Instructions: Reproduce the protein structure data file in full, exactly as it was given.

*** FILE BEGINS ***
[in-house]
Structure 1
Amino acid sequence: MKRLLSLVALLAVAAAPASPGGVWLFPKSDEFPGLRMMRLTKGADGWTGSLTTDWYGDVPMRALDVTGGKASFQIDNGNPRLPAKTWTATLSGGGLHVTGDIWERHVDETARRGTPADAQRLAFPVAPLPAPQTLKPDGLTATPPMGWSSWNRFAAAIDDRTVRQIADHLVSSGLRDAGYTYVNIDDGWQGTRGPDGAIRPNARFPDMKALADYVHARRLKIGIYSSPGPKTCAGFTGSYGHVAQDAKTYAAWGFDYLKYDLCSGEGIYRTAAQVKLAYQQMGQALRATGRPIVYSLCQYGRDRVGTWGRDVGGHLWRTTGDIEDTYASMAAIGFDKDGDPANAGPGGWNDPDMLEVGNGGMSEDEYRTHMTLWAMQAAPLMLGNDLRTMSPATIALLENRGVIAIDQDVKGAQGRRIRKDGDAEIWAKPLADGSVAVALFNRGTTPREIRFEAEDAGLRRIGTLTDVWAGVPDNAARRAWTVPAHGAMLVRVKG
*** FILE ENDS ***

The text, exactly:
[in-house]
Structure 1
Amino acid sequence: MKRLLSLVALLAVAAAPASPGGVWLFPKSDEFPGLRMMRLTKGADGWTGSLTTDWYGDVPMRALDVTGGKASFQIDNGNPRLPAKTWTATLSGGGLHVTGDIWERHVDETARRGTPADAQRLAFPVAPLPAPQTLKPDGLTATPPMGWSSWNRFAAAIDDRTVRQIADHLVSSGLRDAGYTYVNIDDGWQGTRGPDGAIRPNARFPDMKALADYVHARRLKIGIYSSPGPKTCAGFTGSYGHVAQDAKTYAAWGFDYLKYDLCSGEGIYRTAAQVKLAYQQMGQALRATGRPIVYSLCQYGRDRVGTWGRDVGGHLWRTTGDIEDTYASMAAIGFDKDGDPANAGPGGWNDPDMLEVGNGGMSEDEYRTHMTLWAMQAAPLMLGNDLRTMSPATIALLENRGVIAIDQDVKGAQGRRIRKDGDAEIWAKPLADGSVAVALFNRGTTPREIRFEAEDAGLRRIGTLTDVWAGVPDNAARRAWTVPAHGAMLVRVKG